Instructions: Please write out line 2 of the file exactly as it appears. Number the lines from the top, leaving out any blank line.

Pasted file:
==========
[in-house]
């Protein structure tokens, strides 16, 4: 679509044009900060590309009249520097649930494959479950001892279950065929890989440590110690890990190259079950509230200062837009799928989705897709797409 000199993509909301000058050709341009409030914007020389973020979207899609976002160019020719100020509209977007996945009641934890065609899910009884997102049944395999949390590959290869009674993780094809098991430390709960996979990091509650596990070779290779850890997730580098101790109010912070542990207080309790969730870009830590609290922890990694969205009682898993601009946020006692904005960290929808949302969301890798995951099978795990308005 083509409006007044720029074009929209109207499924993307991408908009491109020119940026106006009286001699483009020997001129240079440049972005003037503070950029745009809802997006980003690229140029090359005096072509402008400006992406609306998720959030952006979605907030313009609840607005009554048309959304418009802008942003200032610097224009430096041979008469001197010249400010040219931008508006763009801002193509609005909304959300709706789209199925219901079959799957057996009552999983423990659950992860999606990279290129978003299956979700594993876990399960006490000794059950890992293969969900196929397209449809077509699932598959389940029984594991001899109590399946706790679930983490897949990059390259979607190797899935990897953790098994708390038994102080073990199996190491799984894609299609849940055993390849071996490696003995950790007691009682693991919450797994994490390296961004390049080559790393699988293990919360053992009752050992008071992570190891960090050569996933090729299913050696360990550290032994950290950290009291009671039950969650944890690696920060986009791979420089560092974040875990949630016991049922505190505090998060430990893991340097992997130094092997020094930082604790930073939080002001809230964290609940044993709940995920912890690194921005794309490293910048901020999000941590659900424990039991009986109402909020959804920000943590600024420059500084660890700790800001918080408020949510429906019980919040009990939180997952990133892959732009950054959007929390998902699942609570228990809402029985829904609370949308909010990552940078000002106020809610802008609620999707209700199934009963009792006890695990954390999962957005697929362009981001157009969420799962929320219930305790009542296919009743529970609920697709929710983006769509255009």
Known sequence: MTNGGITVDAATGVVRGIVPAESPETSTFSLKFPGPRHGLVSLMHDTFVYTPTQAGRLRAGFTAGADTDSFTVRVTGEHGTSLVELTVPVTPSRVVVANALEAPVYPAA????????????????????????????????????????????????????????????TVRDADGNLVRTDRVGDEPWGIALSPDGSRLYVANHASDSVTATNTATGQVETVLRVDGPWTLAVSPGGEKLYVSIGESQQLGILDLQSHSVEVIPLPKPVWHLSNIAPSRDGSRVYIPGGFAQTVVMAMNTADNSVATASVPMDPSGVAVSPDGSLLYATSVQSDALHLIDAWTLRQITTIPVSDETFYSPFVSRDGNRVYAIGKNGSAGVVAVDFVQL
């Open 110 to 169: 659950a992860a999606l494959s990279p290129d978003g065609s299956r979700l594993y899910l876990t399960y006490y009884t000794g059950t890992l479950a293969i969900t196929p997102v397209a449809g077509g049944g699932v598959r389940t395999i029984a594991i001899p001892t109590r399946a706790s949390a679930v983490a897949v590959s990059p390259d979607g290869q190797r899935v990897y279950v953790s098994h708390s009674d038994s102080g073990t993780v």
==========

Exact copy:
């Protein structure tokens, strides 16, 4: 679509044009900060590309009249520097649930494959479950001892279950065929890989440590110690890990190259079950509230200062837009799928989705897709797409 000199993509909301000058050709341009409030914007020389973020979207899609976002160019020719100020509209977007996945009641934890065609899910009884997102049944395999949390590959290869009674993780094809098991430390709960996979990091509650596990070779290779850890997730580098101790109010912070542990207080309790969730870009830590609290922890990694969205009682898993601009946020006692904005960290929808949302969301890798995951099978795990308005 083509409006007044720029074009929209109207499924993307991408908009491109020119940026106006009286001699483009020997001129240079440049972005003037503070950029745009809802997006980003690229140029090359005096072509402008400006992406609306998720959030952006979605907030313009609840607005009554048309959304418009802008942003200032610097224009430096041979008469001197010249400010040219931008508006763009801002193509609005909304959300709706789209199925219901079959799957057996009552999983423990659950992860999606990279290129978003299956979700594993876990399960006490000794059950890992293969969900196929397209449809077509699932598959389940029984594991001899109590399946706790679930983490897949990059390259979607190797899935990897953790098994708390038994102080073990199996190491799984894609299609849940055993390849071996490696003995950790007691009682693991919450797994994490390296961004390049080559790393699988293990919360053992009752050992008071992570190891960090050569996933090729299913050696360990550290032994950290950290009291009671039950969650944890690696920060986009791979420089560092974040875990949630016991049922505190505090998060430990893991340097992997130094092997020094930082604790930073939080002001809230964290609940044993709940995920912890690194921005794309490293910048901020999000941590659900424990039991009986109402909020959804920000943590600024420059500084660890700790800001918080408020949510429906019980919040009990939180997952990133892959732009950054959007929390998902699942609570228990809402029985829904609370949308909010990552940078000002106020809610802008609620999707209700199934009963009792006890695990954390999962957005697929362009981001157009969420799962929320219930305790009542296919009743529970609920697709929710983006769509255009």